When asked what’s been your favorite dish, lately, I’ve been saying this dish. Not just because it was delicious, but it was also completely new to me. Let’s start with something reminiscent and familiar: Chicken pot pie. You’ve got bites of chicken and carrots and onion, tossed in a creamy, buttery sauce; it’s wrapped up in a light, flaky pie crust to contrast perfectly with the richness of its insides. Take your classic chicken pot pie, and then elevate it to Pastilla.
Begin with the outside: phyllo dough. It’s delicate, it’s temperamental to work with, but it’s beautiful to eat. Layer the thin sheets of phyllo dough (I used a pie dish to contain it) to create the top of the Pastilla. All of the inside ingredients are layered, not mixed together, unlike your delicious Chicken pot pie. The chicken is also the star and main ingredient of this pie, cooked in spices including turmeric, ginger, and saffron, a departure from salt, pepper, and maybe garlic and a green herb tossed in, too. Layer this with some caramelized onions (a favorite ingredient of mine).
The ingredient with shock factor, raising eyebrows and suspicions, is scrambled eggs, and it works. The role it plays is similar to a layer of cheese, creamy and mellow and a cohesive factor for its co-ingredients, but it still retains some texture. The billows of fluffy egg will soften the blows of spiced chicken and complex caramelized onions and sweet, grounded almonds, flavored with honey and cinnamon. I love this part of the dish. The texture contrast alongside the other ingredients (think of the phyllo dough alone) creates so much interest and curiosity in one bite.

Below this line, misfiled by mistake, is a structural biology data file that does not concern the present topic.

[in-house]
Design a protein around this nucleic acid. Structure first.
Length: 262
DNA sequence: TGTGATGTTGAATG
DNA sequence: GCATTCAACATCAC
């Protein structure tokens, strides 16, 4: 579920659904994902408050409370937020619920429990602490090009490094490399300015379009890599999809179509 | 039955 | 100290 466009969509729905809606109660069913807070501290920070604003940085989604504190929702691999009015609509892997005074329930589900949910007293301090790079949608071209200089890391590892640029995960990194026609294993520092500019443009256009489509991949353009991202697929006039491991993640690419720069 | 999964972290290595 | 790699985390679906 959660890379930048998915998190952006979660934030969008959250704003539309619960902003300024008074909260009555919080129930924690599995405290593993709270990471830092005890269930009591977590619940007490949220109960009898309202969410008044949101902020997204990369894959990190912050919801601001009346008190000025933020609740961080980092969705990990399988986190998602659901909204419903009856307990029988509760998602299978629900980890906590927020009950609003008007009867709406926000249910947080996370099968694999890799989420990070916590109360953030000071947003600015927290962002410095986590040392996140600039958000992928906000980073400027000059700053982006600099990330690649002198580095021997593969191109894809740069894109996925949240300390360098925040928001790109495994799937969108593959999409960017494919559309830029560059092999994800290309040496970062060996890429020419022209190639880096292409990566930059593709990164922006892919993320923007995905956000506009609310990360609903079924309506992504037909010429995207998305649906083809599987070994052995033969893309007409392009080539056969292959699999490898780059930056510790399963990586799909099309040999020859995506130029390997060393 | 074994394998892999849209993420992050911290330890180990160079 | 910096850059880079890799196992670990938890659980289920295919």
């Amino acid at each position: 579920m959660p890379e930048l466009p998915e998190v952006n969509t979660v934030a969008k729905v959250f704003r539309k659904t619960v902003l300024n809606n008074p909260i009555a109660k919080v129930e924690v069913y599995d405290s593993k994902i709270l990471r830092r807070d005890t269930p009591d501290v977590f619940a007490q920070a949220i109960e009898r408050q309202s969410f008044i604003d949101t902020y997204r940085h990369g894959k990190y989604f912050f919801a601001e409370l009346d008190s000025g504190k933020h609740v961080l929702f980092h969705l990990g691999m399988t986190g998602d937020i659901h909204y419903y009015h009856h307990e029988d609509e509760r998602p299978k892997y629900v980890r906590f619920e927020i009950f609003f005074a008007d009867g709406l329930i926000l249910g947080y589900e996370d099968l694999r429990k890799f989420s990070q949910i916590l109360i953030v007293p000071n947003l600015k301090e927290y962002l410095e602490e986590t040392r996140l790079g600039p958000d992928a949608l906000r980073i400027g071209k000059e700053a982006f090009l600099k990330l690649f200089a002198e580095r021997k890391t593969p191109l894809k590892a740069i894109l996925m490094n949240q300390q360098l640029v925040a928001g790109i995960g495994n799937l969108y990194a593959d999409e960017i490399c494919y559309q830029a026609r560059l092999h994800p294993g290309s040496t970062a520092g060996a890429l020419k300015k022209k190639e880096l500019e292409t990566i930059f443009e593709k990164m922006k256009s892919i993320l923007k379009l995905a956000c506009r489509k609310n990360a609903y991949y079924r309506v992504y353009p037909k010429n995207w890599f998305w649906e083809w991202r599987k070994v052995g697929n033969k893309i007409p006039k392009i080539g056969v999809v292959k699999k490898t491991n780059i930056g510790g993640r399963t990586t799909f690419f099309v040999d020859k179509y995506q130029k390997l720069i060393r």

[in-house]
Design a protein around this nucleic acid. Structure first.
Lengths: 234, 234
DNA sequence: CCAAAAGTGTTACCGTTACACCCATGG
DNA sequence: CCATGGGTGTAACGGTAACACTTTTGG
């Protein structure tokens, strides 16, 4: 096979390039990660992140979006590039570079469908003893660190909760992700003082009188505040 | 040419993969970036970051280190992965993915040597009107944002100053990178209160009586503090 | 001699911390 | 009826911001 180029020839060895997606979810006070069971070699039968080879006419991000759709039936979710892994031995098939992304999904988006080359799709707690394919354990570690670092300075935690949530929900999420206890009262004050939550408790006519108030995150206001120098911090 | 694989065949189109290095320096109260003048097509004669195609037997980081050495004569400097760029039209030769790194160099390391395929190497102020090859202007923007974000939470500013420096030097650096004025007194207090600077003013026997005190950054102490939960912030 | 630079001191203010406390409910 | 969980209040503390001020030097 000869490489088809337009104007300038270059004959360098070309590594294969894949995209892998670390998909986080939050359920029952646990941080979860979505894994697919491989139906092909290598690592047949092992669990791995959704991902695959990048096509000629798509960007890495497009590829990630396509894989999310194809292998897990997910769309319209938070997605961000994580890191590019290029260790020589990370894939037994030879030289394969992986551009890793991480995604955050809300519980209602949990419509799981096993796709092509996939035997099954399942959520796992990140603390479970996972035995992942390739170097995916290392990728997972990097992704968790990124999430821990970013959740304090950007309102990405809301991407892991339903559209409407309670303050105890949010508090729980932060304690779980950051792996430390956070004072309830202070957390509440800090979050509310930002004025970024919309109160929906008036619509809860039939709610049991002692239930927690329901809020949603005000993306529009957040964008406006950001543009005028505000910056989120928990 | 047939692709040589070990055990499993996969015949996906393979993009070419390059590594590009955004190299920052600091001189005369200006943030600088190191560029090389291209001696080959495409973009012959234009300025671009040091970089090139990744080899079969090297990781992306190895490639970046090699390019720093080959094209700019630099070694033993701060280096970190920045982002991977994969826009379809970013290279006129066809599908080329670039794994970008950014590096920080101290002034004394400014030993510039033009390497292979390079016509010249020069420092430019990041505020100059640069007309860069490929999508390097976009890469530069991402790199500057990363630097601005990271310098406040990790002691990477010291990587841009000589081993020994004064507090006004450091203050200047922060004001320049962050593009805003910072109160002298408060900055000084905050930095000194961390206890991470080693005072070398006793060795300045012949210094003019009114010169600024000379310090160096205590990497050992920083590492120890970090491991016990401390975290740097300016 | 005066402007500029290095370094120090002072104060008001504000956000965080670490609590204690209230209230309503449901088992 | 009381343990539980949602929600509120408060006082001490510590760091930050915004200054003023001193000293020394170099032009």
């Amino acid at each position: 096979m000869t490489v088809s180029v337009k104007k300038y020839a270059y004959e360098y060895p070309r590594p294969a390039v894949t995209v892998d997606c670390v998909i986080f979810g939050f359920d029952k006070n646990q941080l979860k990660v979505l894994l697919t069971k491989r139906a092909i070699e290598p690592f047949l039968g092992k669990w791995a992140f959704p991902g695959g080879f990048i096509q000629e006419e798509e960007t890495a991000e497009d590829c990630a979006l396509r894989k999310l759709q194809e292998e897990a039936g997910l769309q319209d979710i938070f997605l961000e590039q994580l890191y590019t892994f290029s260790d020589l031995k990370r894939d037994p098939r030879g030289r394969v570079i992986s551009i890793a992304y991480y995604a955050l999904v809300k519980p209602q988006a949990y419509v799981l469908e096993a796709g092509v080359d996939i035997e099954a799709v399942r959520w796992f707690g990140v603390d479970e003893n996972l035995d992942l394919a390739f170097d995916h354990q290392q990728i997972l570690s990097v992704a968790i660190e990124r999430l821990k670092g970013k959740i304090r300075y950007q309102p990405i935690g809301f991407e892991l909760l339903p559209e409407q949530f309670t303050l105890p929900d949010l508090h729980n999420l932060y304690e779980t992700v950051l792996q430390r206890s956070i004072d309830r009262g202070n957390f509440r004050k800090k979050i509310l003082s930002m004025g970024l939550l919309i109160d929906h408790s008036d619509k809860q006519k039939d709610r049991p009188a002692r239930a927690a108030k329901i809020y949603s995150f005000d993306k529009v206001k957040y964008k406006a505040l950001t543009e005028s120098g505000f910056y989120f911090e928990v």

Spencer: “This was very exciting and new! I am quite intrigued.”
Teresa: “A haunting-my-dreams/never-gonna-forget-you kind of encounter. So yeah, I liked it.”
- olive oil
- whole chicken
- ground turmeric
- ground ginger
- black pepper
- fresh parsley
- fresh coriander (cilantro)
- blanched almonds
- Ground cinnamon
- Icing sugar
- eggs, scrambled
- unsalted butter
- phyllo pastry
- The capital of Morocco is Rabat.
- The official languages include Arabian and Berber.
- After the death of Muhammed, Islamic states began to spread through four major caliphates, or an Islamic state under the rule of a religious successor of Muhammed, from its origins in Mecca, Saudi Arabia. Parts of Morocco were included in this expansion (the Umayyad Caliphate) in the 7th and 8th century.
- Europe became interested in Morocco prior to World War I due to its geopolitical potential within the Mediterranean. Morocco was under both Spanish and French control from 1912-1956, until it became independent once again.
- Western Sahara, a Spanish colony from 1884-1976, a disputed territory south of Morocco (see map), continues to be part of a political deadlock between the Moroccan government and the Sahrawi Arab Democratic Republic (SADR). SADR controls about 20% of the territory it claims.
- Who are the Berber people? An indigenous people from northern and western Africa, it is believed they have occupied these areas since at least 10,000 BC.